Federal Court to Decide Whether Former Abu Ghraib Prisoners Can Sue U.S. Contractors for Damages

PHOTO: A prisoner holds on to his prayer beads at Abu Ghraib prison, on the outskirts of Baghdad, Iraq, Aug. 1, 2004.

Eight years after the release of shocking photographs depicting detainee abuse in Iraq's famed Abu Ghraib prison, a federal appeals court in Virginia is grappling with whether former Iraqi prisoners can bring a civil suit against U.S.-based contractors.

The case, which hasn't drawn much public attention, is notable for an unexpected position taken by the U.S. government.

Although the government is not a party to the suit, when the court asked for its opinion, it argued the former prisoners' case should be allowed to go forward.

It marks the first time the government has said that former Abu Ghraib prisoners, who allege they were tortured while in U.S. custody, should have the opportunity to make their case and sue contractors for damages.

But the government says that similar claims in the future would be pre-empted by a federal law passed after the Abu Ghraib scandal that provides separate ways of holding contractors accountable.

"The U.S., at least at this juncture, has given a green light to the case proceeding," says Katherine Gallagher, senior staff attorney at the Center for Constitutional Rights, a group representing the Iraqi civilians.

"In so doing, the United States rightfully recognized that there is a federal interest in ensuring military detentions are conducted in a lawful manner, consistent with their international law obligations and ensuring that contractors are held accountable for their egregious conduct."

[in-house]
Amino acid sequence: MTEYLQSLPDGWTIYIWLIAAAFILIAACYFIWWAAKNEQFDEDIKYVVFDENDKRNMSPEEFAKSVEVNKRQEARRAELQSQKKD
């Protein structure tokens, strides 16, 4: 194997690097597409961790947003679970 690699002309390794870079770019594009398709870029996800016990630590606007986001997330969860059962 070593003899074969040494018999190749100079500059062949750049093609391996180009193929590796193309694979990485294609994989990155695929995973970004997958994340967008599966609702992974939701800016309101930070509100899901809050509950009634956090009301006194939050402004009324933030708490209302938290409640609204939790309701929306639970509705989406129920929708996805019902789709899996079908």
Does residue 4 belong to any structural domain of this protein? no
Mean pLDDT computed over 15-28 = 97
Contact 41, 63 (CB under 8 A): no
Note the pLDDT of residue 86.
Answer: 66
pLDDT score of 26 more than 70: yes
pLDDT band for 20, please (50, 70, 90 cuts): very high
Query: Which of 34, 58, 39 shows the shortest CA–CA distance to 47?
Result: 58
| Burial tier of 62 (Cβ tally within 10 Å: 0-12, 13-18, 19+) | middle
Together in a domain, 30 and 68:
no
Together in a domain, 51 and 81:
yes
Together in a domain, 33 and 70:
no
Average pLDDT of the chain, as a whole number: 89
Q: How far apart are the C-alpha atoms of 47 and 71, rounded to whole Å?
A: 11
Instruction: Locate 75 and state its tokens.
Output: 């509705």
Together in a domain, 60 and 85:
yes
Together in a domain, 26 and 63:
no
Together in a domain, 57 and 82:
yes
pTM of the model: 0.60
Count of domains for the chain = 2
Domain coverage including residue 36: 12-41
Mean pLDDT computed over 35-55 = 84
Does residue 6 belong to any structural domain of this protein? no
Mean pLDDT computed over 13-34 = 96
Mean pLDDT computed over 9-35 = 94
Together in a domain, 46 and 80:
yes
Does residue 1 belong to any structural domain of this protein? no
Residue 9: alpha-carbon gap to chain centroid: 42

The government's position appeared to be an attempt to straddle an interest in protecting the federal government from civil law suits second guessing the military, but also addressing concerns that contractors who were implicated in the Abu Ghraib scandal were never charged with any crime.

After the 2003 invasion of Iraq, the United States used the Abu Ghraib prison as a detention facility and hired contractors from U.S.-based CACI International and L-3 Services Inc. to provide interrogation and interpretation services to the U.S. military. In 2004, photos emerged depicting abuse of several detainees.

Amid an international outcry, the military disciplined several service members. But no contractor was ever charged with abuse.

In the pending case, former Iraqi prisoners allege that contractors exposed them to electric shocks, sexual assaults, naked strip searches, sensory deprivation, mock executions as well as "other dehumanizing acts of torture." Lawyers for the Iraqis say that the contractors participated directly and through a "conspiracy in torture."

Lawyers for CACI say the former prisoners are relying on allegations that don't implicate CACI directly and say that their clients were performing military interrogations in a theater of war under contract with the U.S. government.

J. William Koegel Jr., a lawyer for CACI, argues in court papers that his clients should receive absolute immunity for their performance of governmental functions, and that the former prisoners' claims are a product of Iraqi law that applies only to internal relations between its citizens, not to occupying personnel.

While a district Court ruled in 2009 that the case could go forward to discovery, a majority three judge panel of the 4th Circuit Court of Appeals reversed that decision. The full 14-judge panel of the 4th Circuit agreed to take up the case and heard arguments last week.

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